These beneficial wasps are hairy, helping to make them to be effective pollinators of the plants they visit for nectar. The pollen is likely to adhere to their hairy bodies and be carried to another plant for deposit.

    Scolia bicincta on Hoary Mountain Mint (Pycnanthemum incanum).

    You may be worried about having wasps around, because of their reputation for stinging. While that reputation may be deserved for some social wasp species, like the Yellowjackets, it’s more a case of guilt by hasty generalization for solitary wasps like the scoliids. Social wasps live in colonies, which they aggressively defend from intruders. But scoliids, like many wasp species, are solitary. So there is no colony to defend. Stingers are really ovipositors (egg laying structures) that can be used for two purposes. Females may use the ovipositor to sting and subdue their prey, and also to lay their eggs. Male wasps and bees don’t lay eggs, so the don’t have ovipositors, and can’t sting. Solitary wasps like the scoliids are quite gentle, and would generally have no reason to sting a person.

    Eastern Yellowjacket (Vespula maculifrons) on Goldenrod (Solidago species)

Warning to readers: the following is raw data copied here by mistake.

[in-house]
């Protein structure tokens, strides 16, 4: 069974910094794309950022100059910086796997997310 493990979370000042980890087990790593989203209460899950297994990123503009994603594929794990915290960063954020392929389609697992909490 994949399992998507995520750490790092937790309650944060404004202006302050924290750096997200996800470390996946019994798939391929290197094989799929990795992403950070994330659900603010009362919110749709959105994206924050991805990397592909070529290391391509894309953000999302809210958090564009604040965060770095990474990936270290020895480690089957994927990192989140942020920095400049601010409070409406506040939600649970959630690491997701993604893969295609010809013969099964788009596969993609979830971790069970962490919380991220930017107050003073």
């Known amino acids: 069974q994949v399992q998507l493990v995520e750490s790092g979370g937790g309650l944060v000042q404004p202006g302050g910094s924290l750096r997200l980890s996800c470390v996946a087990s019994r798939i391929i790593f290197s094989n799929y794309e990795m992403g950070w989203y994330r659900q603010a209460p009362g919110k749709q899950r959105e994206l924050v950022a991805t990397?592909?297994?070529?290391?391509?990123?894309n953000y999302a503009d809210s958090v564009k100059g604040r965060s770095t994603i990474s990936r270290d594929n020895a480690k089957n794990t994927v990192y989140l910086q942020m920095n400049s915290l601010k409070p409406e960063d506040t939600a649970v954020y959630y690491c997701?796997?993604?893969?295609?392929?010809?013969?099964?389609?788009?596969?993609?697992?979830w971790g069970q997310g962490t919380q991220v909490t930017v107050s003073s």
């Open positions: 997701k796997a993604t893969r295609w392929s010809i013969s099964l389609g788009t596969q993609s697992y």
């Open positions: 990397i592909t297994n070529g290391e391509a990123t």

The Wheel Bug (Arilus cristatus) is a type of assassin bug that is happy to devour adult Japanese Beetles. Wheel Bugs hunt their prey by blending in with a plant. They wait for a hapless victim to come close enough to grab it with their somewhat hairy and sticky front legs, then stab it with their beak, injecting enzymes that paralyze and then liquefy their victim’s innards. The Wheel Bug then slurps up the resulting insect smoothie, with the victim’s exoskeleton acting as a to-go cup.

    Wheel Bug (Arilus cristatus) preying on Japanese Beetle; more Japanese Beetles continue to eat in upper left.

    Japanese Beetle grubs (larvae) are especially fond of eating the roots of lawn grasses. As a result, lawns are the favored location for Japanese Beetles to excavate a burrow for their eggs. Replacing as much lawn as possible with a mix of herbaceous plants, shrubs and trees will minimize the habitat available to Japanese Beetles for reproduction. Reduced habitat means fewer Japanese Beetles.

    Japanese Beetles (Popillia japonica)

    What can you do to combat Japanese Beetles? In order to attract beneficial insects like those shown here, be sure you have a variety of plants native to your area. Take away the Japanese Beetle’s preferred habitat by minimizing the size of your lawn. There will be a corresponding reduction in the number of Japanese Beetles you see.